Credit: Brittany Diliberto

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The rarely staged comedy Love’s Labor’s Lost concerns a different sort of deprivation than The Children: The King of Navarre and three of his loyal confederates take a vow to immerse themselves in study for three years, abjuring the company of women, taking only one meal per day, and sleeping but three hours each night. Their pledge is exceedingly ill-timed, as the king is obliged to receive the visiting Princess of France and her courtiers, a duty he has forgotten. 

Predictably, the arrival of the ladies tests the fellows’ resolve, with some misdelivered love letters adding a layer of screwball confusion to the mix. Love’s is Shakespeare’s rhymiest play and one of his earliest, with the poet himself coming off as a little drunk on his own emerging gifts. That sheer zeal, and an ending more compatible with modern thinking than the serial weddings that conclude his later, more philosophically astute comedies, would be reason enough to spin this deep cut more often.

Director Vivienne Benesch has imagined her Love’s Labor’s Lost as what you might call a site-specific piece, working with scenic designer Lee Savage to make the Folger’s Elizabethan Theatre into a replica of the Folger Library Reading Room, just a few dozen feet west of the stage. (We even see a recreation of the U.S. Capitol through an open door.)  She’s also set the play in the early 1930s, when the Folger Library opened. This decision gives license to costume designer Tracy Christensen to put the women of the court in flapper dresses and furs and hats with veils, while the dudes get wide-lapeled three-piece suits, striped silk pajamas, and white-jacketed tuxedos.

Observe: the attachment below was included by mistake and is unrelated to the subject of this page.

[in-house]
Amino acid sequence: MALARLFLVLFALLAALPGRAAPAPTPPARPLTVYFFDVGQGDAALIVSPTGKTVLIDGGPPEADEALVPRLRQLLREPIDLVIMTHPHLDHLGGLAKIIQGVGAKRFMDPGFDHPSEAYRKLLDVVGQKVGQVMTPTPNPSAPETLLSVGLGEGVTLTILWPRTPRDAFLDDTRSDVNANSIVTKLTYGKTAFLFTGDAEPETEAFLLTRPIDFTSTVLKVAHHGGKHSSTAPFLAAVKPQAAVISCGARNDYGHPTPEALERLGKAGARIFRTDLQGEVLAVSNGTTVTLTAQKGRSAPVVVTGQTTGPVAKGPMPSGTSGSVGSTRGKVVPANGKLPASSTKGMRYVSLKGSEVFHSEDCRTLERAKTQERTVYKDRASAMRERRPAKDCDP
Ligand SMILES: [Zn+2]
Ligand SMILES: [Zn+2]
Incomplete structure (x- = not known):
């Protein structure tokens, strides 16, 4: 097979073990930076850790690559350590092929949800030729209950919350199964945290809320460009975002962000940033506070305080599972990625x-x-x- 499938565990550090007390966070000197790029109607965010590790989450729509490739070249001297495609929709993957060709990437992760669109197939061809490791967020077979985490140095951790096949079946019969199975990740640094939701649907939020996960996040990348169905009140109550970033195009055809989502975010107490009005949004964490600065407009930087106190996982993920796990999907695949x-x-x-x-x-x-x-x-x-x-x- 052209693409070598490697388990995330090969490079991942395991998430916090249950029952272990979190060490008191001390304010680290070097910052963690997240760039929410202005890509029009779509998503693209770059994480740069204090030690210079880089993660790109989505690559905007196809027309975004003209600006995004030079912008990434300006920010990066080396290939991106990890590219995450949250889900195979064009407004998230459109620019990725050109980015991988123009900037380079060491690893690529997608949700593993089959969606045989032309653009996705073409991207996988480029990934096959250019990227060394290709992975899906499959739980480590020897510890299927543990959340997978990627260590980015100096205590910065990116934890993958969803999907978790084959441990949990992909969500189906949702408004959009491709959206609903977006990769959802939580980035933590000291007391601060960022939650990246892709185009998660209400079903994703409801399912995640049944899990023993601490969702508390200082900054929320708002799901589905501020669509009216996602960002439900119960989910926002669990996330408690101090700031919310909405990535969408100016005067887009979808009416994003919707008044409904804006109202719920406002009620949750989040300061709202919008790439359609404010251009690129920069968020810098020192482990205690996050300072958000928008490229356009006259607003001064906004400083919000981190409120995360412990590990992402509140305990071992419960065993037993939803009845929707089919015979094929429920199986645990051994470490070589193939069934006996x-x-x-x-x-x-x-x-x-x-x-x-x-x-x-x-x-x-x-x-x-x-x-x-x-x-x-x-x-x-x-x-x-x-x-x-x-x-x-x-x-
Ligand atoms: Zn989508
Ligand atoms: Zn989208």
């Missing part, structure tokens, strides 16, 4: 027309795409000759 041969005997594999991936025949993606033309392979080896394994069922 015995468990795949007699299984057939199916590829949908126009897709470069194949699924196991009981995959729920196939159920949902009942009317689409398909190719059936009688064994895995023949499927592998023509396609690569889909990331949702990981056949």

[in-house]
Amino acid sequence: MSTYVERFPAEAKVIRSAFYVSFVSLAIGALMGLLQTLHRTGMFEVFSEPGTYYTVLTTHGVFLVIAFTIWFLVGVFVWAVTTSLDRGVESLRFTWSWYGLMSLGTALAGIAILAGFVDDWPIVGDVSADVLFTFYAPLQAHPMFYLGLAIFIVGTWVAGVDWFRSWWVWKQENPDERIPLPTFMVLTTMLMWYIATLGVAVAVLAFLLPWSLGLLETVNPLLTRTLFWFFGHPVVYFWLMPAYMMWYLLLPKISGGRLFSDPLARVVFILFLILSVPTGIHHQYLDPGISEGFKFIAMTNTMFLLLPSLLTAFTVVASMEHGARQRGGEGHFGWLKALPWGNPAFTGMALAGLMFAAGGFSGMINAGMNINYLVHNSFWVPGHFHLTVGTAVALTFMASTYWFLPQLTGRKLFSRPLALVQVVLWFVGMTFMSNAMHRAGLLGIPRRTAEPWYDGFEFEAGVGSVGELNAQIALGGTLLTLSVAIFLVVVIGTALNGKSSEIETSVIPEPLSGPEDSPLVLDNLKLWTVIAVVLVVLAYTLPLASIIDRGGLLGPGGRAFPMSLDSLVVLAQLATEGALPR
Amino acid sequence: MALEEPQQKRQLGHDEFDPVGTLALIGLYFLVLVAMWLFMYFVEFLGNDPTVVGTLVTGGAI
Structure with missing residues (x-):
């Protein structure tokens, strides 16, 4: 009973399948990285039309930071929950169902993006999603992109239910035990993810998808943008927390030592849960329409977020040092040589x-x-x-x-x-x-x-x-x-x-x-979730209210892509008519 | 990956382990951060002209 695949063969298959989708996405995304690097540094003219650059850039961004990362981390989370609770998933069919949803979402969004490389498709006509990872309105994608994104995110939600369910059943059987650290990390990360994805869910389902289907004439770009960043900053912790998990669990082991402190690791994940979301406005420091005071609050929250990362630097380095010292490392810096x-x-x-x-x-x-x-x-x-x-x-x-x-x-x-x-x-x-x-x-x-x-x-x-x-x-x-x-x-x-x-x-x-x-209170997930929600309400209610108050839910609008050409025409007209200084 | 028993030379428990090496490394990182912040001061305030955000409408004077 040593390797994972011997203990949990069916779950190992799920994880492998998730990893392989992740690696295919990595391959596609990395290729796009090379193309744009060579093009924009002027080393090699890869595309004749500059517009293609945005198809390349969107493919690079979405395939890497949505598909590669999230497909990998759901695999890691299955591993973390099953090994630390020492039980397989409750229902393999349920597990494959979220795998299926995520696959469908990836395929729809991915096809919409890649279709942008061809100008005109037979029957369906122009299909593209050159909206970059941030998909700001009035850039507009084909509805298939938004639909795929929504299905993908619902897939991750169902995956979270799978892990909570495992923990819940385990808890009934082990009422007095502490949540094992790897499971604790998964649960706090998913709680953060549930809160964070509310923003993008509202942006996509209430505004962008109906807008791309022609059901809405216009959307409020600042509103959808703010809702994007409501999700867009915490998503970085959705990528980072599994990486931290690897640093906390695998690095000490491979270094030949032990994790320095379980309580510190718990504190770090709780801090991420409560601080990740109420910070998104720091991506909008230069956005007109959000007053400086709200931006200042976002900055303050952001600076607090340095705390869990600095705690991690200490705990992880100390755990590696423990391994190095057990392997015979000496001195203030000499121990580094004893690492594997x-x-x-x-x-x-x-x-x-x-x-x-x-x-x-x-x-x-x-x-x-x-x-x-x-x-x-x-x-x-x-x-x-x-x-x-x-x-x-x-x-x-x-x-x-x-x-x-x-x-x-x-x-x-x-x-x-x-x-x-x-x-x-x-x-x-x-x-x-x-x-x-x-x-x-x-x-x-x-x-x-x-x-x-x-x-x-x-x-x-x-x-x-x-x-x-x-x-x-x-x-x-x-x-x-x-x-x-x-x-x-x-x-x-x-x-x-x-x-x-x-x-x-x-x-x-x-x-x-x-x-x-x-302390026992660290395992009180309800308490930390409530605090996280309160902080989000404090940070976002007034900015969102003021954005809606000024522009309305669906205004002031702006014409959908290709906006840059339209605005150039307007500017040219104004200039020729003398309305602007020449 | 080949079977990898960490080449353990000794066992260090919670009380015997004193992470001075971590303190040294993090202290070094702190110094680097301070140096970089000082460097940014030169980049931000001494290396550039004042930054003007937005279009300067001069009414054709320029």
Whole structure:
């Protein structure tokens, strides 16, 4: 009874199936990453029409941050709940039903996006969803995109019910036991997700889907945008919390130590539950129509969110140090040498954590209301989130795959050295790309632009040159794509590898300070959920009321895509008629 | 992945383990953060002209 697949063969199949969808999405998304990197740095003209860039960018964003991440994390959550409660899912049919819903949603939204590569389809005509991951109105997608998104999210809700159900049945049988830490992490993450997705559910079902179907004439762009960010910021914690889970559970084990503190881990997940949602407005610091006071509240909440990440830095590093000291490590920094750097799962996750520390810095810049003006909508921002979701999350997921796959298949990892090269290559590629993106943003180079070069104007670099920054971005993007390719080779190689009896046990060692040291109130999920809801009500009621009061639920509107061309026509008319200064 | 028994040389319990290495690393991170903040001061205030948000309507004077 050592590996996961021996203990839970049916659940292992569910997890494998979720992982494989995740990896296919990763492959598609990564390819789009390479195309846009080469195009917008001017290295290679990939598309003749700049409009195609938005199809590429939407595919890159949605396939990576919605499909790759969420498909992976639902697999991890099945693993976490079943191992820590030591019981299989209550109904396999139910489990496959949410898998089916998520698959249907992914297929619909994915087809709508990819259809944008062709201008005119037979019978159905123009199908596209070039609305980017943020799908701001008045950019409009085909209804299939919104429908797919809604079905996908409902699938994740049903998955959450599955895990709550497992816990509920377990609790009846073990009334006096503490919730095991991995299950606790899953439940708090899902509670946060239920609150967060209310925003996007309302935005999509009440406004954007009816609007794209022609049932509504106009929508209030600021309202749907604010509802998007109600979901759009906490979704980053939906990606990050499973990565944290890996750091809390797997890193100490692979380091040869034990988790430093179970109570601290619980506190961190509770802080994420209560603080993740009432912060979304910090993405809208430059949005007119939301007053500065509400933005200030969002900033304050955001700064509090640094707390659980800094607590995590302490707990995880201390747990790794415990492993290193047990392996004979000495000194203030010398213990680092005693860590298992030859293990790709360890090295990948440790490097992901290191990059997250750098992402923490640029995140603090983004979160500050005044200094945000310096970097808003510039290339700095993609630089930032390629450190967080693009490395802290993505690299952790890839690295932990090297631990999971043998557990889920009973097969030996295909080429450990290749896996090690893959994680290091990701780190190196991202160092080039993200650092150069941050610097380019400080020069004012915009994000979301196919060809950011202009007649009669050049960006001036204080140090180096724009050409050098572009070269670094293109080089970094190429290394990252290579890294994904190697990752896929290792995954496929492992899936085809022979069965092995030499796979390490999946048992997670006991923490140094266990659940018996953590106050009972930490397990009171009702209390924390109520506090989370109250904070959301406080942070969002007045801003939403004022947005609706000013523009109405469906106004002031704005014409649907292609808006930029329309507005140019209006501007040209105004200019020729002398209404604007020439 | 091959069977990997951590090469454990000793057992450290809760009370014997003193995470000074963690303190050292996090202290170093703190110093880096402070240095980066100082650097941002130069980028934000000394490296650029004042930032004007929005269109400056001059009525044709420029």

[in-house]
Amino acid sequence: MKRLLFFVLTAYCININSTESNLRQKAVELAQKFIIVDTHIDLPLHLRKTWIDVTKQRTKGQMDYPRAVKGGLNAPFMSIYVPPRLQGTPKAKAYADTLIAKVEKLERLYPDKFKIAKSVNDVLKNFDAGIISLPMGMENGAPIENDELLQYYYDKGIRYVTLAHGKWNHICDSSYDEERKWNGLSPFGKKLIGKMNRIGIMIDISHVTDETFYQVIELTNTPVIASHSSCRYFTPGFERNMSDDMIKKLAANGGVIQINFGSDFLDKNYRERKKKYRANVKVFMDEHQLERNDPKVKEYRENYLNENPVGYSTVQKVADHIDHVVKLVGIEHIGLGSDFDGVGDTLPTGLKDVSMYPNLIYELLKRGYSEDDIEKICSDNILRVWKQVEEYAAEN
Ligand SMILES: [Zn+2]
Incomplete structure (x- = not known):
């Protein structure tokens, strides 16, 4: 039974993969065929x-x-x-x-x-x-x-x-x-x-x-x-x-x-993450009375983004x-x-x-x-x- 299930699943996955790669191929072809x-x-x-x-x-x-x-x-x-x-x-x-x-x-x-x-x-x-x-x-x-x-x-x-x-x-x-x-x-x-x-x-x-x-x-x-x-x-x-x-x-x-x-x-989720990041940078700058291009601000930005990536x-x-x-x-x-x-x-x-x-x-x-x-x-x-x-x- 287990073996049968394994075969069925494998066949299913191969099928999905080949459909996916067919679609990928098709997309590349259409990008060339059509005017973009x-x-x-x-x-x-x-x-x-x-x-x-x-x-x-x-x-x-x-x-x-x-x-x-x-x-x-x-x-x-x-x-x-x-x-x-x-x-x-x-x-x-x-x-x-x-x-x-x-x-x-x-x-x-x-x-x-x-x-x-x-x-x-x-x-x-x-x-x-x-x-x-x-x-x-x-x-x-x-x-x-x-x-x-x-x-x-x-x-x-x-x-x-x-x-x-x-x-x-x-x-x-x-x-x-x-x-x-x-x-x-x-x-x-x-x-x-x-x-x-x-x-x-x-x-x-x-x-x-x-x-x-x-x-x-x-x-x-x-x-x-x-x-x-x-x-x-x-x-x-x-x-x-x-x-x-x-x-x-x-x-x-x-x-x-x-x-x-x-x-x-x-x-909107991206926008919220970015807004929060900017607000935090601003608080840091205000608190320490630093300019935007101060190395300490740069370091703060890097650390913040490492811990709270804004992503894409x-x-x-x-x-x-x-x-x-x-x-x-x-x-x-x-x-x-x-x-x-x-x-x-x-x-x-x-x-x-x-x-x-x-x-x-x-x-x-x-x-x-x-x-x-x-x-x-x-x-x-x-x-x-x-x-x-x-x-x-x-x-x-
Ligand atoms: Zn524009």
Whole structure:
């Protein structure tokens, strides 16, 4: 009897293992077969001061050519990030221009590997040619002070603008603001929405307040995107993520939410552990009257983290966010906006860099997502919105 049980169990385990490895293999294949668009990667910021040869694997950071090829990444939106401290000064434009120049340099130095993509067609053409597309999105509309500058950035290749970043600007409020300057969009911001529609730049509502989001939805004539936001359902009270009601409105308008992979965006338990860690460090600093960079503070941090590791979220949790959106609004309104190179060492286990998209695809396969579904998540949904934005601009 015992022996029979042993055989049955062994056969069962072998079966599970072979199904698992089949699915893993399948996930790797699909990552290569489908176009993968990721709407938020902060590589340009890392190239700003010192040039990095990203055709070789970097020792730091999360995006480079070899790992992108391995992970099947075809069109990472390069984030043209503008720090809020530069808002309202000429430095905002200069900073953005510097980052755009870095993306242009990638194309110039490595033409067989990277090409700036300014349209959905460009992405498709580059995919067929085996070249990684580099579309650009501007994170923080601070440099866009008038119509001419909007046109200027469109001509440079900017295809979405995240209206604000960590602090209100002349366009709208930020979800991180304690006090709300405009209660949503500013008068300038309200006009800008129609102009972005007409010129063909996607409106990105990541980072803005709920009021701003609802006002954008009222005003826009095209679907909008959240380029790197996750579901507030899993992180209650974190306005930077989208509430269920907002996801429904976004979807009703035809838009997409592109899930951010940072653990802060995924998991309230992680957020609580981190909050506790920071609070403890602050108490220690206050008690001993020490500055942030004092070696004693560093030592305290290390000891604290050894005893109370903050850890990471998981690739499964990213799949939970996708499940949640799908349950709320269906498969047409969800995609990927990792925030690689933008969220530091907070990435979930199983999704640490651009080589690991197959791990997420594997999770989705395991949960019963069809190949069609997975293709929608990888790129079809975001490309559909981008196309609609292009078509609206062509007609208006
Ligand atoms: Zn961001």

Though Eric Hissom (as Don Armado, a “fantastical Spaniard” soldier), Louis Butelli (as the schoolmaster Holofernes) and Tonya Beckman (as both an attendant to the princess and the servant Armado falls for) are all strong comic players who’ve worked at the Folger a lot, the presence of some lesser seen actors in the key romantic roles brings a welcome sense of buoyancy and renewal. As the princess and the king, respectively, Amelia Pedlow and Joshua David Robinson temper their beauty and mutual longing with sobriety. Zachary Fine’s performance as Berowne, the king’s right hand, who bemoans his vow of chastity and hunger as “flat treason ’gainst the kingly state of youth,” is the company’s other standout. Abstinence-only education has seldom been as sexy as this.

To June 16 at 201 East Capitol St. SE. $42–$85. (202) 544-7077.